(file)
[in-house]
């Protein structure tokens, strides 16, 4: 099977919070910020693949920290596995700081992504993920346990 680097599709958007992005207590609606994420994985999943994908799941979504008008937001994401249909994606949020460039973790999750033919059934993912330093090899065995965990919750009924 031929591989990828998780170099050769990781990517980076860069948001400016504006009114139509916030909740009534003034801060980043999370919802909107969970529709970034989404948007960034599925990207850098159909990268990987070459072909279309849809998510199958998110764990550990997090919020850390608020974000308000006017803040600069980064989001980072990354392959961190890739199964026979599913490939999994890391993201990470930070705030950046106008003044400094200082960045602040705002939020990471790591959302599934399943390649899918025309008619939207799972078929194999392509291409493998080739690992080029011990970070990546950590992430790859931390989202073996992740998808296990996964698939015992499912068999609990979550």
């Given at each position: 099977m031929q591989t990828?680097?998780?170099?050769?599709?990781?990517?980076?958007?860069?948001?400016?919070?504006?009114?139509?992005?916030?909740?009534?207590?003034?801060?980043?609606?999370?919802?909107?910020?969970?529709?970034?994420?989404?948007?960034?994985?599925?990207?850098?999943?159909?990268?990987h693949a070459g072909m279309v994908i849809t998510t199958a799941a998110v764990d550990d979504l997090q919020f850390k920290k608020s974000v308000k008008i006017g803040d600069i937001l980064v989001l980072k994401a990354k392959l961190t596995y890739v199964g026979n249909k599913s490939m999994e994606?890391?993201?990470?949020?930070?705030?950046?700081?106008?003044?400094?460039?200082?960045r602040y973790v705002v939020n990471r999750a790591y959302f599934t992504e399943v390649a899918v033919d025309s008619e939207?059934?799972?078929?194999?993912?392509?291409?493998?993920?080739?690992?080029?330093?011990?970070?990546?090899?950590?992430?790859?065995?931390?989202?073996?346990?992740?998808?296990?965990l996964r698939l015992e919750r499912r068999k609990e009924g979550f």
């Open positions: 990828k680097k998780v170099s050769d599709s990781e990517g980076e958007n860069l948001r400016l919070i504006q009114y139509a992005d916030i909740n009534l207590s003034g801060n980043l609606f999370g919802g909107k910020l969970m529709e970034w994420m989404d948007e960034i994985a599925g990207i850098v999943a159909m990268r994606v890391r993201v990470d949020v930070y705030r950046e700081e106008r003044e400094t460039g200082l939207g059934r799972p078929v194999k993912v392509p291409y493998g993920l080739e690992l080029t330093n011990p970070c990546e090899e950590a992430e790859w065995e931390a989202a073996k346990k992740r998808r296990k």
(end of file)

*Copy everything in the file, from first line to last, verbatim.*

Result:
[in-house]
């Protein structure tokens, strides 16, 4: 099977919070910020693949920290596995700081992504993920346990 680097599709958007992005207590609606994420994985999943994908799941979504008008937001994401249909994606949020460039973790999750033919059934993912330093090899065995965990919750009924 031929591989990828998780170099050769990781990517980076860069948001400016504006009114139509916030909740009534003034801060980043999370919802909107969970529709970034989404948007960034599925990207850098159909990268990987070459072909279309849809998510199958998110764990550990997090919020850390608020974000308000006017803040600069980064989001980072990354392959961190890739199964026979599913490939999994890391993201990470930070705030950046106008003044400094200082960045602040705002939020990471790591959302599934399943390649899918025309008619939207799972078929194999392509291409493998080739690992080029011990970070990546950590992430790859931390989202073996992740998808296990996964698939015992499912068999609990979550």
């Given at each position: 099977m031929q591989t990828?680097?998780?170099?050769?599709?990781?990517?980076?958007?860069?948001?400016?919070?504006?009114?139509?992005?916030?909740?009534?207590?003034?801060?980043?609606?999370?919802?909107?910020?969970?529709?970034?994420?989404?948007?960034?994985?599925?990207?850098?999943?159909?990268?990987h693949a070459g072909m279309v994908i849809t998510t199958a799941a998110v764990d550990d979504l997090q919020f850390k920290k608020s974000v308000k008008i006017g803040d600069i937001l980064v989001l980072k994401a990354k392959l961190t596995y890739v199964g026979n249909k599913s490939m999994e994606?890391?993201?990470?949020?930070?705030?950046?700081?106008?003044?400094?460039?200082?960045r602040y973790v705002v939020n990471r999750a790591y959302f599934t992504e399943v390649a899918v033919d025309s008619e939207?059934?799972?078929?194999?993912?392509?291409?493998?993920?080739?690992?080029?330093?011990?970070?990546?090899?950590?992430?790859?065995?931390?989202?073996?346990?992740?998808?296990?965990l996964r698939l015992e919750r499912r068999k609990e009924g979550f």
């Open positions: 990828k680097k998780v170099s050769d599709s990781e990517g980076e958007n860069l948001r400016l919070i504006q009114y139509a992005d916030i909740n009534l207590s003034g801060n980043l609606f999370g919802g909107k910020l969970m529709e970034w994420m989404d948007e960034i994985a599925g990207i850098v999943a159909m990268r994606v890391r993201v990470d949020v930070y705030r950046e700081e106008r003044e400094t460039g200082l939207g059934r799972p078929v194999k993912v392509p291409y493998g993920l080739e690992l080029t330093n011990p970070c990546e090899e950590a992430e790859w065995e931390a989202a073996k346990k992740r998808r296990k």